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Bedwellty, Monmouthshire

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The Bedwellty Poor Law Union formally came into existence on 26th March 1849. It initially comprised the parishes of Bedwellty and Aberystruth, previously forming the western part of the Abergavenny Poor Law Union. Each parish was represented by 10 Guardians. The union was subsequently enlarged by the addition of the newly created parishes of Abertillery, Ebbw Vale, Rhymney and Tredegar.

Bedwellty Workhouse

The new Bedwellty Union workhouse was a stone building erected in 1852 on an elevated site at George Town near Tredegar. It accommodated over 300 inmates. Its location and layout are shown on the 1886 map below.

Bedwellty workhouse site, 1878

The original building appears to have a foreshortened version of the popular cruciform design. Instead of the usual range of buildings along the southern perimeter however, there was just a wall. Presumably an entrance gate gave access to the workhouse via the yard between the two southern exercise yards.

By 1901, a new block — presumably an infirmary — had been erected at the north of the workhouse, together with a variety of small outbuildings.

Bedwellty workhouse site, 1901.

The workhouse was substantially enlarged in 1908 and could then accommodate 440 inmates. The original entrance range at the south was either enlarged or rebuilt, and a new block erected in the original entrance yard. Two small pavilion-plan buildings were added at the south-east, and an entrance lodge at the south-west. The updated layout is shown on the 1920 map below.

Bedwellty workhouse site, 1920

During the First Work War, part of the workhouse was turned over for use as a military hospital.

Bedwellty former workhouse,
© Rowland Topping.

After 1930, the former workhouse became Ty Bryn Institution then later formed part of a local hospital. The buildings were demolished in around 1976 and a housing development now occupies the site.

Bedwellty Cottage Homes, Tredegar

In 1905, the Bedwellty Union erected cottage homes for 75 children at Park Row, Tredegar, on land adjoining Bedwellty Park and adjacent to the town's cottage hospital.

Bedwellty cottage homes site, 1922

Bedwellty cottage homes from the south-east, c.1910.
© Peter Higginbotham.

A boys' house lay at one side and a girls' at the other with the superintendent quarters and offices etc. in a smaller block at the centre.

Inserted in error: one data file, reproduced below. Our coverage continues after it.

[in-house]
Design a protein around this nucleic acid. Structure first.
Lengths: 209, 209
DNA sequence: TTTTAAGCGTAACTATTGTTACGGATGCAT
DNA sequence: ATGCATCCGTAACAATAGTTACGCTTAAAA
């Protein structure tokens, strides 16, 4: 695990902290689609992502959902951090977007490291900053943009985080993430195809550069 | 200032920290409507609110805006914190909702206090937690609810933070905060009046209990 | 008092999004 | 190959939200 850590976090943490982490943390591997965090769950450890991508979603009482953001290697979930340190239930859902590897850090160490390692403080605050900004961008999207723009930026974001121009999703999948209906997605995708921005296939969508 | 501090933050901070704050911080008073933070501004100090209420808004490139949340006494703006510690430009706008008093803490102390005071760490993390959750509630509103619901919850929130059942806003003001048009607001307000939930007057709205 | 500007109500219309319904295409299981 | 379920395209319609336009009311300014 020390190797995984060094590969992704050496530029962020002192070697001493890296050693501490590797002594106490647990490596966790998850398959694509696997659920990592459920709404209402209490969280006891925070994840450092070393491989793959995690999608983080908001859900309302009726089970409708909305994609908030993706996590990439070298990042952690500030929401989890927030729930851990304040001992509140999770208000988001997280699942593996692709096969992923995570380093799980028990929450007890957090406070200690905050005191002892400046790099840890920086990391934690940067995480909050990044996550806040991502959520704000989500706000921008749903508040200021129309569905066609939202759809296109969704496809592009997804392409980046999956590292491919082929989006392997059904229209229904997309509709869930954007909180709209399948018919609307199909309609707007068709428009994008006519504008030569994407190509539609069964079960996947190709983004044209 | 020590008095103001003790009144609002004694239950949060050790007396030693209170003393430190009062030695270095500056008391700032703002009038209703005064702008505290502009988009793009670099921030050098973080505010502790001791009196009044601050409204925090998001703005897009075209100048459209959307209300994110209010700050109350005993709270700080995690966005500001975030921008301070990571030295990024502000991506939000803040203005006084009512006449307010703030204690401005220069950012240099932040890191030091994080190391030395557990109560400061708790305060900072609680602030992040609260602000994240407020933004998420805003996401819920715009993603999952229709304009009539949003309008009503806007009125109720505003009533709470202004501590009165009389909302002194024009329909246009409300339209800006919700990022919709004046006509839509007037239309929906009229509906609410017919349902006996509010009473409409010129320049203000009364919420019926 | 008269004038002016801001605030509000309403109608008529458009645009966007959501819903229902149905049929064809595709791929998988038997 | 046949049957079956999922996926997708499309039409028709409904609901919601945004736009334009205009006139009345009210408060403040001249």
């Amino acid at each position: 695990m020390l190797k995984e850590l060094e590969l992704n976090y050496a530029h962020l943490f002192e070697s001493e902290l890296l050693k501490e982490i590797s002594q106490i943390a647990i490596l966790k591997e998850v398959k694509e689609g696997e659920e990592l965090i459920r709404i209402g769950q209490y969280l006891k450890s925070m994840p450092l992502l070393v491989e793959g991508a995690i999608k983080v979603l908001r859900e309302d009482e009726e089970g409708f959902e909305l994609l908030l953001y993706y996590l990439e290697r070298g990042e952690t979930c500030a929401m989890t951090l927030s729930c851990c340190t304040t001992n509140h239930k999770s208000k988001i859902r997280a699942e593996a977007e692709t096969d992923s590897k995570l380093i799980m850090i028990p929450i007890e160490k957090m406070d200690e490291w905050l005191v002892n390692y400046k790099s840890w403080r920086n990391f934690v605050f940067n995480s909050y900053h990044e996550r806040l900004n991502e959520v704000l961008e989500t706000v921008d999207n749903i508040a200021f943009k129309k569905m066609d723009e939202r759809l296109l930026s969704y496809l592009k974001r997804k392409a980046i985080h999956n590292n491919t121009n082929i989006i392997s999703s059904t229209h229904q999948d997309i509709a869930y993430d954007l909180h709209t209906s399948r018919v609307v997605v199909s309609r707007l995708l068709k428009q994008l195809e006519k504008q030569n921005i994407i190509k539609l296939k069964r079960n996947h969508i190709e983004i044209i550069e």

Bedwellty cottage homes from the east, 2005.
© Peter Higginbotham.

Bedwellty cottage homes from the north-west, 2005.
© Peter Higginbotham.

Bedwellty homes superintendent's house from the west, 2005.
© Peter Higginbotham.

In 1930, the cottage homes were taken over by the Monmouthshire Education Committee. After their closure in 1962, the premises were used as accommodation for evicted families.The property is now used as sheltered housing.

As well as the Tredegar cottage homes, the union also operated a number of scattered homes. These include houses at Cefn Road, Blackwood (10 places); 29-31 Lilian Road, Blackwood (20); Mount Pleasant Road, Ebbw Vale (20); 11 The Terrace, Rhymney (15); and Nutshell, Charles Street, Tredegar (15).


  • 1914 — Workhouse Master: Walter Henry Garnett Pallin; Matron: Mrs Pallin; Medical Officer: Horace George Brown.
  • 1881 Census



Note: many repositories impose a closure period of up to 100 years for records identifying individuals. Before travelling a long distance, always check that the records you want to consult will be available.

  • Gwent Archives, Steelworks Road, Ebbw Vale NP23 6DN. Holdings include: Guardians' minute books (1849-1930); Admissions and discharges (1907-09, 1911-12, 1914-15, 1925-27); Admissions and discharges (1918-19, military hospital only); Creed Registers (c.1900, 1912-1914); Register of Deaths (1924-32, plus later ones for Ty Bryn Institution); etc.



  • Thanks to Pete Topping for information and picture of the workhouse.
  • NEW! Workhouses of Wales and the Welsh Borders. The story of the workhouse across the whole of Wales and the border counties of Cheshire, Gloucestershire, Herefordshire and Shropshire. More...


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